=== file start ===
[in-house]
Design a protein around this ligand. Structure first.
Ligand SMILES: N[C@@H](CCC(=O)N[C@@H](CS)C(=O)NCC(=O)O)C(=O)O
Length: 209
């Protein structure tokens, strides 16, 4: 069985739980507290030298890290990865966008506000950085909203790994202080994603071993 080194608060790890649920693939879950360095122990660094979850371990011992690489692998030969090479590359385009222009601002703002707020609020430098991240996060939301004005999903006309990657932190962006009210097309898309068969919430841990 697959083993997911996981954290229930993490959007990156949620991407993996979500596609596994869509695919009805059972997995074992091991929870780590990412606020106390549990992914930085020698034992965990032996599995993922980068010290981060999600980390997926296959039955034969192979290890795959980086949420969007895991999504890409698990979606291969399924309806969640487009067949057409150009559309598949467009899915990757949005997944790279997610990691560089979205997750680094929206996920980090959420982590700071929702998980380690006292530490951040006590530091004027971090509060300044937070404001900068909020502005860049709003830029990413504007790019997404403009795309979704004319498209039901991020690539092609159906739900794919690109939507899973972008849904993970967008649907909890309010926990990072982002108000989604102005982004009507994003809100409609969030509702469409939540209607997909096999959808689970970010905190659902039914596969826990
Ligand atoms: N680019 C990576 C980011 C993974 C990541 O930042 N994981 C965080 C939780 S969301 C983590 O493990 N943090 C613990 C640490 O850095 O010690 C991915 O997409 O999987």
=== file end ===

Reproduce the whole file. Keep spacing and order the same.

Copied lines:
[in-house]
Design a protein around this ligand. Structure first.
Ligand SMILES: N[C@@H](CCC(=O)N[C@@H](CS)C(=O)NCC(=O)O)C(=O)O
Length: 209
């Protein structure tokens, strides 16, 4: 069985739980507290030298890290990865966008506000950085909203790994202080994603071993 080194608060790890649920693939879950360095122990660094979850371990011992690489692998030969090479590359385009222009601002703002707020609020430098991240996060939301004005999903006309990657932190962006009210097309898309068969919430841990 697959083993997911996981954290229930993490959007990156949620991407993996979500596609596994869509695919009805059972997995074992091991929870780590990412606020106390549990992914930085020698034992965990032996599995993922980068010290981060999600980390997926296959039955034969192979290890795959980086949420969007895991999504890409698990979606291969399924309806969640487009067949057409150009559309598949467009899915990757949005997944790279997610990691560089979205997750680094929206996920980090959420982590700071929702998980380690006292530490951040006590530091004027971090509060300044937070404001900068909020502005860049709003830029990413504007790019997404403009795309979704004319498209039901991020690539092609159906739900794919690109939507899973972008849904993970967008649907909890309010926990990072982002108000989604102005982004009507994003809100409609969030509702469409939540209607997909096999959808689970970010905190659902039914596969826990
Ligand atoms: N680019 C990576 C980011 C993974 C990541 O930042 N994981 C965080 C939780 S969301 C983590 O493990 N943090 C613990 C640490 O850095 O010690 C991915 O997409 O999987």